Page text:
In the pursuit of better customer engagement and employee productivity, companies have adapted many experimental and novel techniques and models, including the play-it approach to non-game contexts.
The concept of “gamification” has been around for a while and continues to gain traction in the business world. Gamification is the simple idea of encouraging participation in certain behaviors by stimulating our innate desire as humans to compete and win. In the realm of business software, applications of gamification include score-based and reward-driven activities, which have been proven to boost employee morale and increase individual performance.
As M2 Research predicts, the technique is becoming so popular that the gamification software market will reach $2.8 billion by 2016. The trend is promising and exciting; however, the concept of gamification does not necessarily work equally well in all aspects of employee-operated business processes. It’s best to fully understand the cons and benefits of gamification software and how it can best be used before trying to implement a gamification-based operational strategy.
As previously mentioned, the concept of applying a competitive edge to business processes by utilizing goal-minded incentives has already gained significant momentum in many fields, with sales and customer service being the most noticeable and applicable areas. In these fields, incorporating the gaming element into daily routines proved to be an effective motivational tool that has already helped thousands of sales professionals to reach their goals.
Game-enabled applications provide rewards in the form of badges, scores, rankings and other types of recognition, which set standards for future accomplishments. Gamification applies the systems of either tangible or non-tangible rewards to help employees amp up their performance in a way that benefits both employee and employer.
Many CRM vendors have successfully adapted the concept of gamification into their systems, promoting increased efficiency and productivity levels within an organization (when the function is used right). Intelligently designed and properly applied, this form of motivation can show remarkable results — though it is worth noting that gamification techniques are better for some scenarios than others, and work well only when implemented correctly.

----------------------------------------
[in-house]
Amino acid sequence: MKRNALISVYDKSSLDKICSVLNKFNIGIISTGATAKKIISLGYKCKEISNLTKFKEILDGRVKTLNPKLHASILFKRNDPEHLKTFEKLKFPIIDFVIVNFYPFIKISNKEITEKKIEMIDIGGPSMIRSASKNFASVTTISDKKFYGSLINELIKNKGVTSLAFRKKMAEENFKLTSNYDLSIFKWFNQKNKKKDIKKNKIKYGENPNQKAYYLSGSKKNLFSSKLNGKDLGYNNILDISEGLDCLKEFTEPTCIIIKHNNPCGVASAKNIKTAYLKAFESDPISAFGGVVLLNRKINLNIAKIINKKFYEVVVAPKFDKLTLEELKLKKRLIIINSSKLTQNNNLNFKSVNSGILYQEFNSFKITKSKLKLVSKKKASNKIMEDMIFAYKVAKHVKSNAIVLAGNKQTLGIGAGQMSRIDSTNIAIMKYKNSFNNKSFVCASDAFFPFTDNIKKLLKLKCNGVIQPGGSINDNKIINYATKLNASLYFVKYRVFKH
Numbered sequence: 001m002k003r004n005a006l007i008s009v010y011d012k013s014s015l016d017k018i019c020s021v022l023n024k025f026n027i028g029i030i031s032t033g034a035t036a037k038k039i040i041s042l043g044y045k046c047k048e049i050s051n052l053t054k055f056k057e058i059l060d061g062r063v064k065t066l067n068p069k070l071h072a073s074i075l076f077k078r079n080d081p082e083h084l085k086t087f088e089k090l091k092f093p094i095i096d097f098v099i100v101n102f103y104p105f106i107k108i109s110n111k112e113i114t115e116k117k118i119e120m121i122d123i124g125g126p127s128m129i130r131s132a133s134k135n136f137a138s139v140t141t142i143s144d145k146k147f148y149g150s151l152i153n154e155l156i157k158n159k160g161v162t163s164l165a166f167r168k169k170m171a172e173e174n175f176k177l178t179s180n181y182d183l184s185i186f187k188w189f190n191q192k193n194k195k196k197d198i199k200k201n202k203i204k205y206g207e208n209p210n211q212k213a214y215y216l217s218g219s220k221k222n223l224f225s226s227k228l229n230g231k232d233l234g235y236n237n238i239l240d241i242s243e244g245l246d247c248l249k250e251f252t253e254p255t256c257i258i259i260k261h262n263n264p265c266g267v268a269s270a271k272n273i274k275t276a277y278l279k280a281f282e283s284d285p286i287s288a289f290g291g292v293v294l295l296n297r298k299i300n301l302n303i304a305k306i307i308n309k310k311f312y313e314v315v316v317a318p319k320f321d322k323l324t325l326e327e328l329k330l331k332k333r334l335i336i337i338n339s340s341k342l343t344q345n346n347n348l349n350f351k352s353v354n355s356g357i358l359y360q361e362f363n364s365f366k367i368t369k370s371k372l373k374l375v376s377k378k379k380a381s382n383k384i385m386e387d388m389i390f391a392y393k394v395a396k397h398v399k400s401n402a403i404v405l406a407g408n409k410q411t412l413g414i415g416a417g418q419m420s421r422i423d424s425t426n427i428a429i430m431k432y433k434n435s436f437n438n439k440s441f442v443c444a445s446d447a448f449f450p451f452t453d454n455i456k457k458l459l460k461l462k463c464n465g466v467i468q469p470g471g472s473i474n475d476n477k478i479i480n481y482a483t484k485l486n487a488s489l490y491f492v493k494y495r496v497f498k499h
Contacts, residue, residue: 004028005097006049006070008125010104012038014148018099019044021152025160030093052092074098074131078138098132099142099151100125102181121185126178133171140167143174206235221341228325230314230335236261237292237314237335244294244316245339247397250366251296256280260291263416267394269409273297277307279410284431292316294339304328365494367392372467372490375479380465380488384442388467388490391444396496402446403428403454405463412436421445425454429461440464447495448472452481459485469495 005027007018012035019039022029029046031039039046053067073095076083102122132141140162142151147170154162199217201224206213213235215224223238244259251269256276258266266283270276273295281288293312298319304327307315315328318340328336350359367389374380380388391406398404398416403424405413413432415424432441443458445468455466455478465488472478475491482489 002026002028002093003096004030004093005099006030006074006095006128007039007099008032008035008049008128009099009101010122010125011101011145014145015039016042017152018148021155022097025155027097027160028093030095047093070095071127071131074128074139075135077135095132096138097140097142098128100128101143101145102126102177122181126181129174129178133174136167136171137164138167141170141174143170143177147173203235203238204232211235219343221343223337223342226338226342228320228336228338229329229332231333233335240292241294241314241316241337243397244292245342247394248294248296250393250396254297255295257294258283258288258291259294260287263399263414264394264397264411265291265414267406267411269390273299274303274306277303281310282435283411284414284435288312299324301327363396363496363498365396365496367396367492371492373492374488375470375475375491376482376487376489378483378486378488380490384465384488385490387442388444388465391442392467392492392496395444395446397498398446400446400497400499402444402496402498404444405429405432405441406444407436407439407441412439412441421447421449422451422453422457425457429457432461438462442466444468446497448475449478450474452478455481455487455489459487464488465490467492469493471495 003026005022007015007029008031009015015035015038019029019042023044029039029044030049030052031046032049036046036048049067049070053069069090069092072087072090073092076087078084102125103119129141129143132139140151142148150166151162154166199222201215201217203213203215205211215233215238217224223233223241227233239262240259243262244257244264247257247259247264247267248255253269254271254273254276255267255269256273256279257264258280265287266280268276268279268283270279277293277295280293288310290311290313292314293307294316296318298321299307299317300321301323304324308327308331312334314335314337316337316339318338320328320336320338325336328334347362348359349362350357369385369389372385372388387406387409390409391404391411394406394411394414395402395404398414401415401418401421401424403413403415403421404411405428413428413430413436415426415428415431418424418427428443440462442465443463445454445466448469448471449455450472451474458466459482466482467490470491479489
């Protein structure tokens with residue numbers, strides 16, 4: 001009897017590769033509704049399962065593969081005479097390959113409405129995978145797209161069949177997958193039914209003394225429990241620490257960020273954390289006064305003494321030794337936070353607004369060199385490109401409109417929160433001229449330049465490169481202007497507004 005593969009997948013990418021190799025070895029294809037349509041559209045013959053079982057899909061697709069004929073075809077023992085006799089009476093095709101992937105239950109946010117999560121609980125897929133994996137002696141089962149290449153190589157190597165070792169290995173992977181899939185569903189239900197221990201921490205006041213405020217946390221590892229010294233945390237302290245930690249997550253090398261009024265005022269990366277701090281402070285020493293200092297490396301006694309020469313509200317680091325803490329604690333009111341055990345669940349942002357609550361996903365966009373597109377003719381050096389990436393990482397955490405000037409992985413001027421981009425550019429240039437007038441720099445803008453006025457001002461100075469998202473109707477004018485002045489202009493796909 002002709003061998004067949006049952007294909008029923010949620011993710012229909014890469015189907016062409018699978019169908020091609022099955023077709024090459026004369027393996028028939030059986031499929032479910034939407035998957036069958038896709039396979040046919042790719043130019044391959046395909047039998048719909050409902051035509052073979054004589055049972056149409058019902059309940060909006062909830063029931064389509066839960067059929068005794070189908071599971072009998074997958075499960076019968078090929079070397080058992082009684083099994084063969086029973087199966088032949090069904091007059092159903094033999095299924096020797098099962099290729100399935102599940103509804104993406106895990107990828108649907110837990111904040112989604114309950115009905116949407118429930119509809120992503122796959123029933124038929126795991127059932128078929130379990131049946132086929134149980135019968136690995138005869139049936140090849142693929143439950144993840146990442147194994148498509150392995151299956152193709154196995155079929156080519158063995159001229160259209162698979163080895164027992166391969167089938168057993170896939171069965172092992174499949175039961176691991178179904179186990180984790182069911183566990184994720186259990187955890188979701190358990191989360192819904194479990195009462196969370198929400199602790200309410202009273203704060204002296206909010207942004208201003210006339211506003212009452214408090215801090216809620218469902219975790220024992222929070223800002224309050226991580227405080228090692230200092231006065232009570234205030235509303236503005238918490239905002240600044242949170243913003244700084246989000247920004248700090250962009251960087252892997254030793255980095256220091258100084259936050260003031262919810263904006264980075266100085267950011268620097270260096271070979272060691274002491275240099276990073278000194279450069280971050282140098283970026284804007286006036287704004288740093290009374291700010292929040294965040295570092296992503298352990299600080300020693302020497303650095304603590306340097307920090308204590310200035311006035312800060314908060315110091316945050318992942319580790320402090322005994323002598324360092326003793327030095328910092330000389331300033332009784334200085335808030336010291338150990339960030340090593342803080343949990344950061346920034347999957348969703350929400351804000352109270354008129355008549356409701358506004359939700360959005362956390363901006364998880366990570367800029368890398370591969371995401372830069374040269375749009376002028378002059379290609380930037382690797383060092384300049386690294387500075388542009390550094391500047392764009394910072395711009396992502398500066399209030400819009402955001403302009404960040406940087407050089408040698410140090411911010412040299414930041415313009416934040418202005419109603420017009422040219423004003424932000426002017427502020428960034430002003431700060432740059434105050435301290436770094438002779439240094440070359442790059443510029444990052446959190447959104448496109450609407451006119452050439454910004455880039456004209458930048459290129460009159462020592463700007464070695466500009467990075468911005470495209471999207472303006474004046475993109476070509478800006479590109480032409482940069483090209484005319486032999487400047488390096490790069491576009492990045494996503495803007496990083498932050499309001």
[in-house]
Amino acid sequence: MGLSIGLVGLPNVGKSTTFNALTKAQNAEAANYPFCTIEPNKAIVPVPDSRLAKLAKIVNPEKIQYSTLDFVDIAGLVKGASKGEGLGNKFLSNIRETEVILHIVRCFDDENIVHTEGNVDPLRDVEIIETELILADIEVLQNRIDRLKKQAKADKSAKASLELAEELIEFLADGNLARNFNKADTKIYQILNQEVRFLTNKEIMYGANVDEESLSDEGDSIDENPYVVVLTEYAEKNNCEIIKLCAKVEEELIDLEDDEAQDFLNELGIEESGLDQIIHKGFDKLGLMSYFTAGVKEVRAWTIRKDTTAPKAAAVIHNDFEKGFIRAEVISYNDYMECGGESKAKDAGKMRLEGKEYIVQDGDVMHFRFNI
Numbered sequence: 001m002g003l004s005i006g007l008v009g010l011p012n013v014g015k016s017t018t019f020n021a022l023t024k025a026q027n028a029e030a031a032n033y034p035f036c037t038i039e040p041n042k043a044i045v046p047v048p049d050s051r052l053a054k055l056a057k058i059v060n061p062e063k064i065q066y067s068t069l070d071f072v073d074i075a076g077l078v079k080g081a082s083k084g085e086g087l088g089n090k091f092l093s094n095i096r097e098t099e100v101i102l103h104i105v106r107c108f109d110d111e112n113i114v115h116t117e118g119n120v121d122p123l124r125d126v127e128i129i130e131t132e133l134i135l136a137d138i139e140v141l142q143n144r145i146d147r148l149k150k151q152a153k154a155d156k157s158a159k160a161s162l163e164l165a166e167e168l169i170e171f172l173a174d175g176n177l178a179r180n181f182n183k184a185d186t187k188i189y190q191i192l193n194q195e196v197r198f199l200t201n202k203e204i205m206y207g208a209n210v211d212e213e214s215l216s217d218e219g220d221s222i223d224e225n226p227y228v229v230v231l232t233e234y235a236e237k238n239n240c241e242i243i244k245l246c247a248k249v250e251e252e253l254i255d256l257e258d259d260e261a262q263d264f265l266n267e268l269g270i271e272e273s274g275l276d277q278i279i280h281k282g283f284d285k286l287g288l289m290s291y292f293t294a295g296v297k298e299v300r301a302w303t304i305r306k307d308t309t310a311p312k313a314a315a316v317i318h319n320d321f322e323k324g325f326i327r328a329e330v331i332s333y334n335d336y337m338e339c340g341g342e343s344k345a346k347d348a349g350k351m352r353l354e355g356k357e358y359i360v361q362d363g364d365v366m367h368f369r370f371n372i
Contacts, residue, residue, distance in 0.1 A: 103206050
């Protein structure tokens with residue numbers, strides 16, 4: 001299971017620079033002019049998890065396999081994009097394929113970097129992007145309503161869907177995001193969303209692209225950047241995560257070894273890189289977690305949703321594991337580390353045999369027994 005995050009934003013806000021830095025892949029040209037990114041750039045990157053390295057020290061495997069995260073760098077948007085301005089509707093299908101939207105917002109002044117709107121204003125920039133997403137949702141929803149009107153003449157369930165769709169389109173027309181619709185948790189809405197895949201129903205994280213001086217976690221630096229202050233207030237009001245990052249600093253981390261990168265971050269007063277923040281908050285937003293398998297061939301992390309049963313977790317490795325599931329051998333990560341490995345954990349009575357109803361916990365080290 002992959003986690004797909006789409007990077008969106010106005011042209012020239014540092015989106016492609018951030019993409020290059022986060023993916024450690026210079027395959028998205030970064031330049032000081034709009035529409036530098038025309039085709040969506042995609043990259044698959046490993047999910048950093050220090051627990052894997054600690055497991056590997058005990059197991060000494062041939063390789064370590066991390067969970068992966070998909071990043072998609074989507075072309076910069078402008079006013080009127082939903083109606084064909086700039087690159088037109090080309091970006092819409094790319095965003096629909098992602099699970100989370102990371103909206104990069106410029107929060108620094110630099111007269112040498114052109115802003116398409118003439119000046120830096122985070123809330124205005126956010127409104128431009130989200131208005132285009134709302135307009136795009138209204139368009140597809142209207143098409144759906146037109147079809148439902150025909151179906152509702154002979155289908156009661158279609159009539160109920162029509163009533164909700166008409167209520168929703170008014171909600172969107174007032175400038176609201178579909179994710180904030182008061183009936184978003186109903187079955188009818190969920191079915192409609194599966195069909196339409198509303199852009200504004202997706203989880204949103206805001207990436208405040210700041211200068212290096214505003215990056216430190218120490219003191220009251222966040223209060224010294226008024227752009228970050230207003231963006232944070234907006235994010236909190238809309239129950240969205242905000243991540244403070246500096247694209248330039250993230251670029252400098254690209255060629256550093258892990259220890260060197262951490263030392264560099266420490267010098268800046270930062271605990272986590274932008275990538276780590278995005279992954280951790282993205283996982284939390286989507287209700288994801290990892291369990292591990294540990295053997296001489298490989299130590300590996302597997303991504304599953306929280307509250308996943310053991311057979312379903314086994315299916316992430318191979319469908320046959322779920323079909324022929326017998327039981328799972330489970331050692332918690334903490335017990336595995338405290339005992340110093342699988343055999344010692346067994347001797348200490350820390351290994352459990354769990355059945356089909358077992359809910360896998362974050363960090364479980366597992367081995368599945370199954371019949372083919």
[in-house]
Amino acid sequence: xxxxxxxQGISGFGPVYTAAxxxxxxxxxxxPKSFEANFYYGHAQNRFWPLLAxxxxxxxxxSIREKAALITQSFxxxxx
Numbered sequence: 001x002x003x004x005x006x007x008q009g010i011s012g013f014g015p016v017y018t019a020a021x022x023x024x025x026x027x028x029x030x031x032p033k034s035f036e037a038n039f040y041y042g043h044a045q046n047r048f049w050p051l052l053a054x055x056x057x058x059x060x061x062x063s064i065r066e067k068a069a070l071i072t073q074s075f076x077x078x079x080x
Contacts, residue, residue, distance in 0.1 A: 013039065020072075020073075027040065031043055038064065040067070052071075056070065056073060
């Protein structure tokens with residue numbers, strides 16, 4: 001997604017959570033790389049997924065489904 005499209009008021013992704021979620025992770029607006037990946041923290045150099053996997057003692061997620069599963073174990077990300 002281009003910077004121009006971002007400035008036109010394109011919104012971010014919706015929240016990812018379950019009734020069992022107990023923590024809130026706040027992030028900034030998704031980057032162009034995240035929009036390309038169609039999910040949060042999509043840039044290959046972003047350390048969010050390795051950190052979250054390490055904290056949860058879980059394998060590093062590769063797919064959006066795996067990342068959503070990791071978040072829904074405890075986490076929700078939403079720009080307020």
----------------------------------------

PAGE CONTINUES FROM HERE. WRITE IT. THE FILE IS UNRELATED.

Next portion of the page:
When applying this approach, it’s important to remember that the ability to spur participation stems mainly from the reward elements of the tactic, rather than through a strong desire to help the business meet certain profit figures. And while the number of sales calls made by a participant does not necessarily affect the performance of the sales pipeline, it can help by increasing the number of qualified prospects — and improving the call agent’s perception of the task.
In order to ensure that a gamified CRM platform maximizes its return, users should be rewarded not only for achieving the best performance levels but also for continuously practicing certain behaviors identified as particularly valuable to the company. For example, a company might establish a point system to reward the quality of sales calls: 1 point for a new contact, 2 points for a contact with an executive title, 5 points for a referred contact and so on. A CRM platform with gamification can also transform specifically defined goals into scores, enabling players to continue moving forward with each achievement.
Long before gamification began making an appearance in CRM and sales tools, it had various community-based uses spanning from user forums to social platforms. With the ability to share successes and ask for opinions, these tools proved how important sharing achievements had become to today’s generation. And the latest applications of gamification within software revisit that social and communal aspect, allowing users to share results within the company and, on a larger scale, on their personal social profiles.
The trend of socially driven activities within the gamification element of CRM is expected to continue expanding — and likely to become a part of several other technologies where a gamified component could prove valuable.
While searching for information on the subject of gamification, one gets the impression that the tactic must offer sizable benefits to be adopted into so many popular software solutions. Yet at the same time, many critics are beginning to suggest that the value of the gamification method is exaggerated and oversimplifies the more sophisticated philosophies of business productivity.
It’s worth remembering that not so long ago many practices implemented today on a global scale (such as agile marketing) were also highly criticized. As the technology and functionality of gamification move forward, this methodology could eventually have significant effects on standard business processes, upscaling the productivity and performance of the teams. The focus now is all on the vendors working with gamification to come up with even better opportunities aimed at bringing business productivity levels to new heights.
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[Photo courtesy of flickr user Hans Splinter.]